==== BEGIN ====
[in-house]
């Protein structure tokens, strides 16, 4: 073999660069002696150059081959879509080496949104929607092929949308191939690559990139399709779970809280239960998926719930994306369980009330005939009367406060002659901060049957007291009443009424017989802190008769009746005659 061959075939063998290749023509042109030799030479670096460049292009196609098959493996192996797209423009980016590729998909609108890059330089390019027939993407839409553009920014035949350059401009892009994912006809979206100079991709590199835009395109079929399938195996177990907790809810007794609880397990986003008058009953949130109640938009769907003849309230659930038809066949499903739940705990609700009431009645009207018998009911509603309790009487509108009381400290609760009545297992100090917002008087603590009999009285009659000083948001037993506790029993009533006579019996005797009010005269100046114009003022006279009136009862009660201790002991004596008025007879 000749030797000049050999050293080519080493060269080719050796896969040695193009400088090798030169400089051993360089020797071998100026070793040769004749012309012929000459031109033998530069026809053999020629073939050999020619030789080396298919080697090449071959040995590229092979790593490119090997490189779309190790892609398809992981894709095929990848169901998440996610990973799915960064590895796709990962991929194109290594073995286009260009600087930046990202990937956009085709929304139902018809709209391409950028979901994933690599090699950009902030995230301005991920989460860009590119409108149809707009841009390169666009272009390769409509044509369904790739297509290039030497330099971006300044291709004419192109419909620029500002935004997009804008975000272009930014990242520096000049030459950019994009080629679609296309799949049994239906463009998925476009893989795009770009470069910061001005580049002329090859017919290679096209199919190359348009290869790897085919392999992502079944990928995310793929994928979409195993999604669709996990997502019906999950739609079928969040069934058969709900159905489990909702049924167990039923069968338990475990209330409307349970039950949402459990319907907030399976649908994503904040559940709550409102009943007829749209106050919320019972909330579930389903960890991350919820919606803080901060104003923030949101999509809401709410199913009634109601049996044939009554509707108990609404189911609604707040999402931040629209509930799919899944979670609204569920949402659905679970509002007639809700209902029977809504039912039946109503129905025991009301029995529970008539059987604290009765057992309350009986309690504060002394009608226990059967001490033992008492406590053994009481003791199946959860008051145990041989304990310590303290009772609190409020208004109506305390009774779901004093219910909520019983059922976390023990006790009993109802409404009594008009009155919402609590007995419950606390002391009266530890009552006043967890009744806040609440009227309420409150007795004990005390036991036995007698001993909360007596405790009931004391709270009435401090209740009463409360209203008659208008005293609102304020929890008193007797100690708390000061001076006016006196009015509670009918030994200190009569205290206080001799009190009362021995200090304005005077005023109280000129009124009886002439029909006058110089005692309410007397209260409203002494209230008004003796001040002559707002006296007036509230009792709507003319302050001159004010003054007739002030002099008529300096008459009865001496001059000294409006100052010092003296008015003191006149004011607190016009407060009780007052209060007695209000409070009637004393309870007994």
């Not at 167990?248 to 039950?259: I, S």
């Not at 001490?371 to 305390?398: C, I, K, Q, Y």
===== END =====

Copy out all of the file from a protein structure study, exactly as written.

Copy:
[in-house]
């Protein structure tokens, strides 16, 4: 073999660069002696150059081959879509080496949104929607092929949308191939690559990139399709779970809280239960998926719930994306369980009330005939009367406060002659901060049957007291009443009424017989802190008769009746005659 061959075939063998290749023509042109030799030479670096460049292009196609098959493996192996797209423009980016590729998909609108890059330089390019027939993407839409553009920014035949350059401009892009994912006809979206100079991709590199835009395109079929399938195996177990907790809810007794609880397990986003008058009953949130109640938009769907003849309230659930038809066949499903739940705990609700009431009645009207018998009911509603309790009487509108009381400290609760009545297992100090917002008087603590009999009285009659000083948001037993506790029993009533006579019996005797009010005269100046114009003022006279009136009862009660201790002991004596008025007879 000749030797000049050999050293080519080493060269080719050796896969040695193009400088090798030169400089051993360089020797071998100026070793040769004749012309012929000459031109033998530069026809053999020629073939050999020619030789080396298919080697090449071959040995590229092979790593490119090997490189779309190790892609398809992981894709095929990848169901998440996610990973799915960064590895796709990962991929194109290594073995286009260009600087930046990202990937956009085709929304139902018809709209391409950028979901994933690599090699950009902030995230301005991920989460860009590119409108149809707009841009390169666009272009390769409509044509369904790739297509290039030497330099971006300044291709004419192109419909620029500002935004997009804008975000272009930014990242520096000049030459950019994009080629679609296309799949049994239906463009998925476009893989795009770009470069910061001005580049002329090859017919290679096209199919190359348009290869790897085919392999992502079944990928995310793929994928979409195993999604669709996990997502019906999950739609079928969040069934058969709900159905489990909702049924167990039923069968338990475990209330409307349970039950949402459990319907907030399976649908994503904040559940709550409102009943007829749209106050919320019972909330579930389903960890991350919820919606803080901060104003923030949101999509809401709410199913009634109601049996044939009554509707108990609404189911609604707040999402931040629209509930799919899944979670609204569920949402659905679970509002007639809700209902029977809504039912039946109503129905025991009301029995529970008539059987604290009765057992309350009986309690504060002394009608226990059967001490033992008492406590053994009481003791199946959860008051145990041989304990310590303290009772609190409020208004109506305390009774779901004093219910909520019983059922976390023990006790009993109802409404009594008009009155919402609590007995419950606390002391009266530890009552006043967890009744806040609440009227309420409150007795004990005390036991036995007698001993909360007596405790009931004391709270009435401090209740009463409360209203008659208008005293609102304020929890008193007797100690708390000061001076006016006196009015509670009918030994200190009569205290206080001799009190009362021995200090304005005077005023109280000129009124009886002439029909006058110089005692309410007397209260409203002494209230008004003796001040002559707002006296007036509230009792709507003319302050001159004010003054007739002030002099008529300096008459009865001496001059000294409006100052010092003296008015003191006149004011607190016009407060009780007052209060007695209000409070009637004393309870007994």
């Not at 167990?248 to 039950?259: I, S």
């Not at 001490?371 to 305390?398: C, I, K, Q, Y």